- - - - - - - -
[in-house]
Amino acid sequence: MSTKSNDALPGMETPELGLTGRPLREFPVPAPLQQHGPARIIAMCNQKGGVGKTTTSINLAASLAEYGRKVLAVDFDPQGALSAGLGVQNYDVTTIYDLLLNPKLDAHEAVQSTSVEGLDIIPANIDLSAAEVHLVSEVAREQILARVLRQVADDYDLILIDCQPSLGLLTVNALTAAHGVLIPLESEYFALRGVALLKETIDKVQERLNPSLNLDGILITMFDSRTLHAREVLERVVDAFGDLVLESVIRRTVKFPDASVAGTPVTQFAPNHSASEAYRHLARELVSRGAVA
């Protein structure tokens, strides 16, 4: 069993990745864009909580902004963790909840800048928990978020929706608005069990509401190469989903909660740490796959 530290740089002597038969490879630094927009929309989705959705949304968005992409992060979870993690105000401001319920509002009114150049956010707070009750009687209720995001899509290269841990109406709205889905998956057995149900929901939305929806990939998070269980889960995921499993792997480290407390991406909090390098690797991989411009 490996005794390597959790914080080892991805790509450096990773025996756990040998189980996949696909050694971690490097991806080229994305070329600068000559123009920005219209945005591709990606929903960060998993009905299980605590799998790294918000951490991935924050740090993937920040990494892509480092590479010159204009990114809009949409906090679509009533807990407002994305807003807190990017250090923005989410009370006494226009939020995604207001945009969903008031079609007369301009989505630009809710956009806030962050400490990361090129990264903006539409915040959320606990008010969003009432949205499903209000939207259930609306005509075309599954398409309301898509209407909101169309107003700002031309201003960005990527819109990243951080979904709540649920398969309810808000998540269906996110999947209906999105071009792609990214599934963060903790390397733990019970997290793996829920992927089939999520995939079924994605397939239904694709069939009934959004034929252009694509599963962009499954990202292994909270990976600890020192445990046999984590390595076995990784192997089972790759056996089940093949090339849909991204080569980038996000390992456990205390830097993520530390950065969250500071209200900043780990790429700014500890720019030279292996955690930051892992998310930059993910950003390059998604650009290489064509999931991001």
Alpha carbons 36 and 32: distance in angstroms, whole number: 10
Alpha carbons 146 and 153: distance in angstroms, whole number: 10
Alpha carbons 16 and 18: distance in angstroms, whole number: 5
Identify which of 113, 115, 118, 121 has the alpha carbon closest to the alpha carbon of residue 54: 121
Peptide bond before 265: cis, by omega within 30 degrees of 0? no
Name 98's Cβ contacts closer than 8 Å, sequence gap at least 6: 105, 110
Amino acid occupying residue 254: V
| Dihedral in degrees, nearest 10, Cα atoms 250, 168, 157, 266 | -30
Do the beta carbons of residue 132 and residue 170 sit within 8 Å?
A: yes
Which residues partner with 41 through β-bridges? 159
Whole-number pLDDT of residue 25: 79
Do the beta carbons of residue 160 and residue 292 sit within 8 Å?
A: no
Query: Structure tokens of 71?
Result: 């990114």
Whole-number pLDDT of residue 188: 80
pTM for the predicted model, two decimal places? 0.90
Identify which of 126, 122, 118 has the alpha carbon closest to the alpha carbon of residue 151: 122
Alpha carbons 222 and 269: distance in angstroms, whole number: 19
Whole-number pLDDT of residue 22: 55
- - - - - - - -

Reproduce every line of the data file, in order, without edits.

[in-house]
Amino acid sequence: MSTKSNDALPGMETPELGLTGRPLREFPVPAPLQQHGPARIIAMCNQKGGVGKTTTSINLAASLAEYGRKVLAVDFDPQGALSAGLGVQNYDVTTIYDLLLNPKLDAHEAVQSTSVEGLDIIPANIDLSAAEVHLVSEVAREQILARVLRQVADDYDLILIDCQPSLGLLTVNALTAAHGVLIPLESEYFALRGVALLKETIDKVQERLNPSLNLDGILITMFDSRTLHAREVLERVVDAFGDLVLESVIRRTVKFPDASVAGTPVTQFAPNHSASEAYRHLARELVSRGAVA
């Protein structure tokens, strides 16, 4: 069993990745864009909580902004963790909840800048928990978020929706608005069990509401190469989903909660740490796959 530290740089002597038969490879630094927009929309989705959705949304968005992409992060979870993690105000401001319920509002009114150049956010707070009750009687209720995001899509290269841990109406709205889905998956057995149900929901939305929806990939998070269980889960995921499993792997480290407390991406909090390098690797991989411009 490996005794390597959790914080080892991805790509450096990773025996756990040998189980996949696909050694971690490097991806080229994305070329600068000559123009920005219209945005591709990606929903960060998993009905299980605590799998790294918000951490991935924050740090993937920040990494892509480092590479010159204009990114809009949409906090679509009533807990407002994305807003807190990017250090923005989410009370006494226009939020995604207001945009969903008031079609007369301009989505630009809710956009806030962050400490990361090129990264903006539409915040959320606990008010969003009432949205499903209000939207259930609306005509075309599954398409309301898509209407909101169309107003700002031309201003960005990527819109990243951080979904709540649920398969309810808000998540269906996110999947209906999105071009792609990214599934963060903790390397733990019970997290793996829920992927089939999520995939079924994605397939239904694709069939009934959004034929252009694509599963962009499954990202292994909270990976600890020192445990046999984590390595076995990784192997089972790759056996089940093949090339849909991204080569980038996000390992456990205390830097993520530390950065969250500071209200900043780990790429700014500890720019030279292996955690930051892992998310930059993910950003390059998604650009290489064509999931991001």
Alpha carbons 36 and 32: distance in angstroms, whole number: 10
Alpha carbons 146 and 153: distance in angstroms, whole number: 10
Alpha carbons 16 and 18: distance in angstroms, whole number: 5
Identify which of 113, 115, 118, 121 has the alpha carbon closest to the alpha carbon of residue 54: 121
Peptide bond before 265: cis, by omega within 30 degrees of 0? no
Name 98's Cβ contacts closer than 8 Å, sequence gap at least 6: 105, 110
Amino acid occupying residue 254: V
| Dihedral in degrees, nearest 10, Cα atoms 250, 168, 157, 266 | -30
Do the beta carbons of residue 132 and residue 170 sit within 8 Å?
A: yes
Which residues partner with 41 through β-bridges? 159
Whole-number pLDDT of residue 25: 79
Do the beta carbons of residue 160 and residue 292 sit within 8 Å?
A: no
Query: Structure tokens of 71?
Result: 């990114």
Whole-number pLDDT of residue 188: 80
pTM for the predicted model, two decimal places? 0.90
Identify which of 126, 122, 118 has the alpha carbon closest to the alpha carbon of residue 151: 122
Alpha carbons 222 and 269: distance in angstroms, whole number: 19
Whole-number pLDDT of residue 22: 55